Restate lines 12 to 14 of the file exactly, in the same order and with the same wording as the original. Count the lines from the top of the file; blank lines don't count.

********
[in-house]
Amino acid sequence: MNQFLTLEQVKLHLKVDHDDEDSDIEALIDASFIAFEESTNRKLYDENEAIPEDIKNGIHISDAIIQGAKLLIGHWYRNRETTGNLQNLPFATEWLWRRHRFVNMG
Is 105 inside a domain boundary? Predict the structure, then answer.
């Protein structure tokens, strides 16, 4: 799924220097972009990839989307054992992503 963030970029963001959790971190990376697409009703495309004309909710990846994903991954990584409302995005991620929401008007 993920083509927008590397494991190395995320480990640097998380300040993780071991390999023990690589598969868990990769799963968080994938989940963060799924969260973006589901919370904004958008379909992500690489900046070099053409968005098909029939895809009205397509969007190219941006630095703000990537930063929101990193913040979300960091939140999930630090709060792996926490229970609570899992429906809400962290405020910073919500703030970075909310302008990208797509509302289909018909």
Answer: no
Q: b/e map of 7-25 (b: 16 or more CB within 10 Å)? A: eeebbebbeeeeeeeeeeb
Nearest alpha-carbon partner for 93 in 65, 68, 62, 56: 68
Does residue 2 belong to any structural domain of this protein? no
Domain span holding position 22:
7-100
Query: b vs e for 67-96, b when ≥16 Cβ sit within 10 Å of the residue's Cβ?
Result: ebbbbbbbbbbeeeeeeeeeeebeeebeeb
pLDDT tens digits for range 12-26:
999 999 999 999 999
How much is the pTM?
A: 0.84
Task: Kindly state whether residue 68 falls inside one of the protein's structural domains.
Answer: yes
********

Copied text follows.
Result: ebbbbbbbbbbeeeeeeeeeeebeeebeeb
pLDDT tens digits for range 12-26:
999 999 999 999 999